"Im from Syria," I said.
"Me too," he said.
This young 22 year old looked 15. He looked stiff, timid, a bit cautious, and asked what I was doing there.
"I'm an artist visiting Turkey to learn Arabic Calligraphy and met your neighbor today and he said you just moved in. I really wanted to meet some Syrians living in Istanbul so I came over. I live in the USA normally."
"Okay come in," He gestured to the door.
I walked into a very basic living room. 2 beat up couches, no television, and no real belongings. Looked like someone opened the door and threw 2 couches, a table, and some kitchen stuff in and then slammed the door shut. The woman, a humble older lady, greeted me with the warmest smile when she found out I was Syrian. The father also greeted me but was a bit more cautious. The woman, brought me some water to drink and asked how I would like my coffee.
"A little bit of sugar" I said.
"We are from Aleppo. Where are you from?"
"I'm from Damascus. My family still lives there. Im very sad for i,." I don't know why but I started crying in front of them. "I miss Syria and wish I could go right now but I promised my mom and dad I wouldn't enter Syria."
She then proceeded to cry and the wall had been broken. "My son was in the army. They pulled him from college and he had already bad hearing problems. He was almost done with college when they pulled him in to fight. He didn't want to but if he didn't shoot on command, they would shoot him or us."
At which point the son chimed in.. "I shot people in Daraa. I couldnt handle it anymore, and after I lost my hearing and had infected ears from the sound of the war, I went to thee hospital and as soon as I got out, I was deaf and on hearing aids and I ran away across the border. My family followed and left everything behind. Besides there was no work there. We can't work here because we are Kurdish Syrians and the Turks don't like the Kurds. We pay $800 TUrkish Liras a month here and there is no work. Everything in Halab is destroyed, our home."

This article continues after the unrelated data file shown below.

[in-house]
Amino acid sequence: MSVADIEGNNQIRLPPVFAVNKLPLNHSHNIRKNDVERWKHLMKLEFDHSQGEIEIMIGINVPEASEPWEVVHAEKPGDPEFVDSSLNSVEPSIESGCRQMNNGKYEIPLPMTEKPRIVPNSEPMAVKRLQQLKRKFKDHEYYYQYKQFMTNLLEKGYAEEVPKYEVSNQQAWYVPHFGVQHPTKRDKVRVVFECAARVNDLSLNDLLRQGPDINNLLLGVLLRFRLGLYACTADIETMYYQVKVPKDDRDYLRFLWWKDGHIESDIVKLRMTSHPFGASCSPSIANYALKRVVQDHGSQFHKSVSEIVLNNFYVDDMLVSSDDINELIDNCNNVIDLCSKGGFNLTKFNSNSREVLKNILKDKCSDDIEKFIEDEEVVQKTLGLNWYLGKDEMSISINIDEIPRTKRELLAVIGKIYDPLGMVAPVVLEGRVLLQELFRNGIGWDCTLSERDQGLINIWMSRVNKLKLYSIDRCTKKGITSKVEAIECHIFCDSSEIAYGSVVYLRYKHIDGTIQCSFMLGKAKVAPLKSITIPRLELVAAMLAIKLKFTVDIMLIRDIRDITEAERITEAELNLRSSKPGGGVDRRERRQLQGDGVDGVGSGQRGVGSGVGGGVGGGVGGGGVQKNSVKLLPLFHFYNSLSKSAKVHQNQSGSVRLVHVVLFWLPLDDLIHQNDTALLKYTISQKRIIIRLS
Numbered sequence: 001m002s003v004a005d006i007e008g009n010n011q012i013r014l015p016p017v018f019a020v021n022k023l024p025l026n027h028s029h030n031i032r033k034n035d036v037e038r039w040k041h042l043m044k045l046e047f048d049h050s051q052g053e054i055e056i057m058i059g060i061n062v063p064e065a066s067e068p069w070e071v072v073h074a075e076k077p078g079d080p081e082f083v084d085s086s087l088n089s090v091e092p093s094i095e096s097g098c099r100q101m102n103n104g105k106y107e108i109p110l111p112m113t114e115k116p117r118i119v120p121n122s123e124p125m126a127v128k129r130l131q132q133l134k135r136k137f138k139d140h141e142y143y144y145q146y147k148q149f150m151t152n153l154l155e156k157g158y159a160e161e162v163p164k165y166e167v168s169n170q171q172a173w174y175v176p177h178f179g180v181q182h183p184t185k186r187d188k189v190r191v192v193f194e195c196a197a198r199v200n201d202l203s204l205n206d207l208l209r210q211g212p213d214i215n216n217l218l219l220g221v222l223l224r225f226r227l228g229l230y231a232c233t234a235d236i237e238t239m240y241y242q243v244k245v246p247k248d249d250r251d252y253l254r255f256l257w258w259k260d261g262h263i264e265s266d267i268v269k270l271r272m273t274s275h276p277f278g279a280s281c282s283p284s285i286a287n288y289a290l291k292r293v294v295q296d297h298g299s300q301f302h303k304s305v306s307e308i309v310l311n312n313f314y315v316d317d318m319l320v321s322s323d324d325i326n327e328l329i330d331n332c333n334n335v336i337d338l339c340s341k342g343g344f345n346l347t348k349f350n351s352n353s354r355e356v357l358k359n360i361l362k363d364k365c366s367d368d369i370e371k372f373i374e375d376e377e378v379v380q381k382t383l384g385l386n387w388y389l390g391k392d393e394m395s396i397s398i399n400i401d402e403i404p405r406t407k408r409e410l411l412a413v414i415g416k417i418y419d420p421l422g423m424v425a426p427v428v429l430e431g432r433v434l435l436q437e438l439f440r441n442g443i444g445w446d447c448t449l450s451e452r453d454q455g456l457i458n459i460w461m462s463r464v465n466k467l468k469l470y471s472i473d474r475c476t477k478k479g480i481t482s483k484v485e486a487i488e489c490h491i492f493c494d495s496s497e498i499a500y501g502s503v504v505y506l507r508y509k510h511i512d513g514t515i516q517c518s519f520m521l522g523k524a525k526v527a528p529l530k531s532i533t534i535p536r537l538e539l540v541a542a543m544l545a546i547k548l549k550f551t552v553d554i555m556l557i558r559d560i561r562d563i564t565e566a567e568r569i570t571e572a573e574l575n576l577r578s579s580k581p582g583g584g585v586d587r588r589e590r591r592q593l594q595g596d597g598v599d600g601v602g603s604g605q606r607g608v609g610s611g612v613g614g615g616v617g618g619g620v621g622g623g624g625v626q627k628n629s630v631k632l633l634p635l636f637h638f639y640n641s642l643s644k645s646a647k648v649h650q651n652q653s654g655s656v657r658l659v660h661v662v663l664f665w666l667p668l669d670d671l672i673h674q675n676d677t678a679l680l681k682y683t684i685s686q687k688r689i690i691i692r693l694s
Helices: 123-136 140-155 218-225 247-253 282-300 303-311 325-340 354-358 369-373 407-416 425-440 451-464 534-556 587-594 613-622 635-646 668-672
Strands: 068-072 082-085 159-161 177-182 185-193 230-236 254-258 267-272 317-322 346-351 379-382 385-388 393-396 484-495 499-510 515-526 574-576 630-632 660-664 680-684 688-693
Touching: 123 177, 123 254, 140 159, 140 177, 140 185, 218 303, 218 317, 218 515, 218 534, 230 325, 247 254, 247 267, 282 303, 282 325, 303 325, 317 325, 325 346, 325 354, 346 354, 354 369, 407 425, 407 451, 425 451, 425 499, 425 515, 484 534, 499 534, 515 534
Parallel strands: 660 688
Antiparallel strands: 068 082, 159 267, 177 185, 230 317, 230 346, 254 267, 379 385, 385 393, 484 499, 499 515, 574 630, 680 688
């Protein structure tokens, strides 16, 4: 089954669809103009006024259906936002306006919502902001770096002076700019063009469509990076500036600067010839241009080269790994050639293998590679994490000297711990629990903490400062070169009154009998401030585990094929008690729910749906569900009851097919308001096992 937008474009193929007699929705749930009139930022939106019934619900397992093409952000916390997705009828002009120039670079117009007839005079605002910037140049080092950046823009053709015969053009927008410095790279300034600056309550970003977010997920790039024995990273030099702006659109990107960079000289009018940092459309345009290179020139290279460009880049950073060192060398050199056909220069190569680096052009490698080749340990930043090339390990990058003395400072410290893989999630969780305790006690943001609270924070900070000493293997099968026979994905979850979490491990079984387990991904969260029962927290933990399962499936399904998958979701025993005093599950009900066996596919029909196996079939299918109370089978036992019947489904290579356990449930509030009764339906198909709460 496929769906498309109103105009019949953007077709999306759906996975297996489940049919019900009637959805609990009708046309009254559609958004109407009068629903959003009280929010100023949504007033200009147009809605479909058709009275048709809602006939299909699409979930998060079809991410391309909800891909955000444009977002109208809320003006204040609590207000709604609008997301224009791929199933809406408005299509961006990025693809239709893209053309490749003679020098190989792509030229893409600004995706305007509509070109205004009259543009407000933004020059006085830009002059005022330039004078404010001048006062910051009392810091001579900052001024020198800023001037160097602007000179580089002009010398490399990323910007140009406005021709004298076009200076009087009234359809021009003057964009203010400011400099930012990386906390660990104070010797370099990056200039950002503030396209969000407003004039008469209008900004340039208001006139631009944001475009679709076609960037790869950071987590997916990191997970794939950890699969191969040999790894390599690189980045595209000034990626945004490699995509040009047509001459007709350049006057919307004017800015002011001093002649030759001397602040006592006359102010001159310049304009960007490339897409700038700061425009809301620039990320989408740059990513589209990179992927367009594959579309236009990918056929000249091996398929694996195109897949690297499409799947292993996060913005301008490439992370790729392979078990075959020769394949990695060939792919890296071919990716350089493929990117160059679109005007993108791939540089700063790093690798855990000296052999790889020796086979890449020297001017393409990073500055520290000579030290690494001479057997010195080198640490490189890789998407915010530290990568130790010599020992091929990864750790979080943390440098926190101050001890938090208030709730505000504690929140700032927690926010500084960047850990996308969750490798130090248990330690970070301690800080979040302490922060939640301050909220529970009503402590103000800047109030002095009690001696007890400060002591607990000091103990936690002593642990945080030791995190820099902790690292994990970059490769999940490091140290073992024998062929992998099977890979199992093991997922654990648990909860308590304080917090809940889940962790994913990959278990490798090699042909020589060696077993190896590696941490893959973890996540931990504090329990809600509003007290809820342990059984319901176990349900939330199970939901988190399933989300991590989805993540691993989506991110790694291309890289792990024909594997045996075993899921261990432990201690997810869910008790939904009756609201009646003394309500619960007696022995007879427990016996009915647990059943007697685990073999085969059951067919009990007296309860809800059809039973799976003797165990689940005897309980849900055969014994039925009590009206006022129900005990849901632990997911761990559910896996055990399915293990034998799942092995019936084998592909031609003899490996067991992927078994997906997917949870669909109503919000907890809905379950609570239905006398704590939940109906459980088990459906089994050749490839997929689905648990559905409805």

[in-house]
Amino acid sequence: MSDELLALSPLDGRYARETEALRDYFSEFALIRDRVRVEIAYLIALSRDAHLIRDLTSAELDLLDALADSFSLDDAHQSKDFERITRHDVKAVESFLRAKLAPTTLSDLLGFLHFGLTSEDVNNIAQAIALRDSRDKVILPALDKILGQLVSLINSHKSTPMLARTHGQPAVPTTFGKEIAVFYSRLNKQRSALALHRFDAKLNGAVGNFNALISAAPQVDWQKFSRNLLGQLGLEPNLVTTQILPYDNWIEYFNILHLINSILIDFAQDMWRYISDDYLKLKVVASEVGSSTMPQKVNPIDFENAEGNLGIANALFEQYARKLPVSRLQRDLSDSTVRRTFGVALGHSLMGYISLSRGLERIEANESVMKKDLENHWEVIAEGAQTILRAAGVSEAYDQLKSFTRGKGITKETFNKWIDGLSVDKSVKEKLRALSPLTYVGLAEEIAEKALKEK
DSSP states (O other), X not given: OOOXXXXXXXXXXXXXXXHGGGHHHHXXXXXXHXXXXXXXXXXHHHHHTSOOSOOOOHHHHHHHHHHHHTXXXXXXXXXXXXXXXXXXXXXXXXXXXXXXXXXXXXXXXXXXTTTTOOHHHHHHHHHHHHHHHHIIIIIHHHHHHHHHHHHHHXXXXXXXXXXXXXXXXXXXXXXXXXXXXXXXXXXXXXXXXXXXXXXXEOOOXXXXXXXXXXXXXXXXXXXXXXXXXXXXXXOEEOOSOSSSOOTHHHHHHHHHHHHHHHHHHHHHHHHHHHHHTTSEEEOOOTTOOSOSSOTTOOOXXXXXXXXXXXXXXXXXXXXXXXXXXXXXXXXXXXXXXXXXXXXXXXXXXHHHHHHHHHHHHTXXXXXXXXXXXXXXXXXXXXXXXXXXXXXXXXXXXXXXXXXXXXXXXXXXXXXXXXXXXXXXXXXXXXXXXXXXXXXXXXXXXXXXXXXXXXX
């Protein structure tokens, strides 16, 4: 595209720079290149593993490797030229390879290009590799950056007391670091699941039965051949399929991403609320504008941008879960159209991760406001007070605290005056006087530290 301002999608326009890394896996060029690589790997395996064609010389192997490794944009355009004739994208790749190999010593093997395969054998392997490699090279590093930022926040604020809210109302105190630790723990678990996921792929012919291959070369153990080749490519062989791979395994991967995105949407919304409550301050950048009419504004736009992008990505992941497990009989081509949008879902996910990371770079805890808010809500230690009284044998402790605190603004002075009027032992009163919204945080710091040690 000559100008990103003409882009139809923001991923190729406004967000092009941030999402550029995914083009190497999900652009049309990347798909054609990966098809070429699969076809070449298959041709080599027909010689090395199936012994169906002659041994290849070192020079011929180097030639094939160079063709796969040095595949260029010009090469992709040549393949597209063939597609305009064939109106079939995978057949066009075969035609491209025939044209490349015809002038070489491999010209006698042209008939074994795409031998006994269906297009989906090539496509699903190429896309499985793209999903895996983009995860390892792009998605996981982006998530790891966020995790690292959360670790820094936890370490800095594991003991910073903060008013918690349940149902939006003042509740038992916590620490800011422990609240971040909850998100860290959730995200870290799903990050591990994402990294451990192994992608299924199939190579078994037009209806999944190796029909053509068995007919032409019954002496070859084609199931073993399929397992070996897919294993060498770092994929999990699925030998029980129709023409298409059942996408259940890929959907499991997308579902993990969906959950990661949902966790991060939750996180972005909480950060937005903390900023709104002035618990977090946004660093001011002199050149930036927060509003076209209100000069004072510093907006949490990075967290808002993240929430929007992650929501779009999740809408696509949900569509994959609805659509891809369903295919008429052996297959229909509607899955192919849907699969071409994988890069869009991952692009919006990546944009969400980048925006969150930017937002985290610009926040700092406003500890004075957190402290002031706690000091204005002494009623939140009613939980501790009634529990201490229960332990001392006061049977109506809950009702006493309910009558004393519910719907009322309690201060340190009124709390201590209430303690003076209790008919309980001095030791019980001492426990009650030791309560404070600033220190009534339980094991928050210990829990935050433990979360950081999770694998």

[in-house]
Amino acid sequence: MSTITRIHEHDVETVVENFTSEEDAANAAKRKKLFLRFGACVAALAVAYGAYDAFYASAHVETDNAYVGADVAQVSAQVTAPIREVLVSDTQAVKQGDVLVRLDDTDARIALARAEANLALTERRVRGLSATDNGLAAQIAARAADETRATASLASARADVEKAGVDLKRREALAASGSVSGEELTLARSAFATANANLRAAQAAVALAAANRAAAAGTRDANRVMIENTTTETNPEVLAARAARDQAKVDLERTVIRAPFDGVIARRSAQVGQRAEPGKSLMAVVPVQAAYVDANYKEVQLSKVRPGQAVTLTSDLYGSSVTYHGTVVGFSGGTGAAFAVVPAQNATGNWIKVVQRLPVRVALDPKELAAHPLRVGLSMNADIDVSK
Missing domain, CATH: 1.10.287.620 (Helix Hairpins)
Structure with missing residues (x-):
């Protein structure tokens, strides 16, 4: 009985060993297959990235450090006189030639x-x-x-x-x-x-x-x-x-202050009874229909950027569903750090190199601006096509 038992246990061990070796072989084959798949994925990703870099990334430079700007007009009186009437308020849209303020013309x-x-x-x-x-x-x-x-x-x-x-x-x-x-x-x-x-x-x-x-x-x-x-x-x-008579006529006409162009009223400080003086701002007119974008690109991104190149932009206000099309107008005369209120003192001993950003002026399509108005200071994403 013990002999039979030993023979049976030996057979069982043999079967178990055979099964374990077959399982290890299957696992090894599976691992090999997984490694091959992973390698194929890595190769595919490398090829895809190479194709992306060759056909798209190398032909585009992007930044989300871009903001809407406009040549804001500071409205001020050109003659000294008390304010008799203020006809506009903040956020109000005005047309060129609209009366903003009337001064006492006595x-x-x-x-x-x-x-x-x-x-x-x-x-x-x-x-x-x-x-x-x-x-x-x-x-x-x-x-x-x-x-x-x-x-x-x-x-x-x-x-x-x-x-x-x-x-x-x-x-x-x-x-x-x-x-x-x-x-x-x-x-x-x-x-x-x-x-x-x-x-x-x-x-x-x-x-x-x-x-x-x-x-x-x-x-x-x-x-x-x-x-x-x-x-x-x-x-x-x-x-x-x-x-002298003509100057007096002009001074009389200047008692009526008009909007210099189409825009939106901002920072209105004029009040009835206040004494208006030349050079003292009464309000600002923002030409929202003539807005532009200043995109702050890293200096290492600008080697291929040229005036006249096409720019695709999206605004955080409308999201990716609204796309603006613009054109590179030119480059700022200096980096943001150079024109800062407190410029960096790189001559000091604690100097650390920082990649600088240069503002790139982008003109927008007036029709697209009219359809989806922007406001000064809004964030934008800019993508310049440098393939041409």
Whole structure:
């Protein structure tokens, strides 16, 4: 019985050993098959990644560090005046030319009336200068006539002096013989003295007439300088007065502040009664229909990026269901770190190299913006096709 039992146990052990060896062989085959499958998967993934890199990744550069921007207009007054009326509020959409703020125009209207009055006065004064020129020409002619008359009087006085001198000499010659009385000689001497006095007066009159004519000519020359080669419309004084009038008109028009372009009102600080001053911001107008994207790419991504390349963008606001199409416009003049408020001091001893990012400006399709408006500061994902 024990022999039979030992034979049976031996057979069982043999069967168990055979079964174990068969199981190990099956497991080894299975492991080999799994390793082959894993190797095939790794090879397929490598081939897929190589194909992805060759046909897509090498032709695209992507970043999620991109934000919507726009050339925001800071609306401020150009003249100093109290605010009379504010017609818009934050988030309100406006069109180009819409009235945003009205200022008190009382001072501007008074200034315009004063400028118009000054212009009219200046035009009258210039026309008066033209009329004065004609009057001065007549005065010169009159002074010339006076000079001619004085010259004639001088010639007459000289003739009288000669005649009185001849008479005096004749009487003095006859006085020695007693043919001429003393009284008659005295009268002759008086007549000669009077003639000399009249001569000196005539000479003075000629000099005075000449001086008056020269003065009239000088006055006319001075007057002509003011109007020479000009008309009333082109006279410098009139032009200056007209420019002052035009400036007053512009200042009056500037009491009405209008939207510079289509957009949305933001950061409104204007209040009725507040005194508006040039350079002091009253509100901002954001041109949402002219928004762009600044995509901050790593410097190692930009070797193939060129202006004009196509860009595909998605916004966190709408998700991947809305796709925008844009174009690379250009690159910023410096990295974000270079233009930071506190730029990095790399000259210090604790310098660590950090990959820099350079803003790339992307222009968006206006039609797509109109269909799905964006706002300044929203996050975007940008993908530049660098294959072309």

I asked what the father did back in Aleppo
"I worked as an mechanic, fixing things for people whenever I could"
I already knew from the guide what the rent was, so on my way over to their house, I withdrew $800 Turkish Liras, which is equivalent to $400 US. I took out the envelope my sister had mailed to me which had a letter from her friend for a refugee I met, and handed her the money and the card. I then told her I had medicine to take down South and what I was really there for.
She started crying and raised her hands into the air and said "Where did you come from? Did you fall out of the sky? From where did God send you?!"
I told her that the whole community cares for her. Americans care too. This money is not from me, but from people who care who told me if I see a refugee to give it to them. This has your name on it.
There is more to this story which I will begin a new entry for since this is getting long. Life is amazing. All I can say is that the happiness I felt today hovered me the rest of the day.
This is him. A kid should not have be forced to kill his own people or his family dies.
I wish him nothing but peace and a recovery from the army. He can't return to Syria or the government will kill him. He fled because he didn't want to kill people. His family had to flee with him. I have a feeling this is the beginning of the stories. Sorry for the super long post but it was necessary.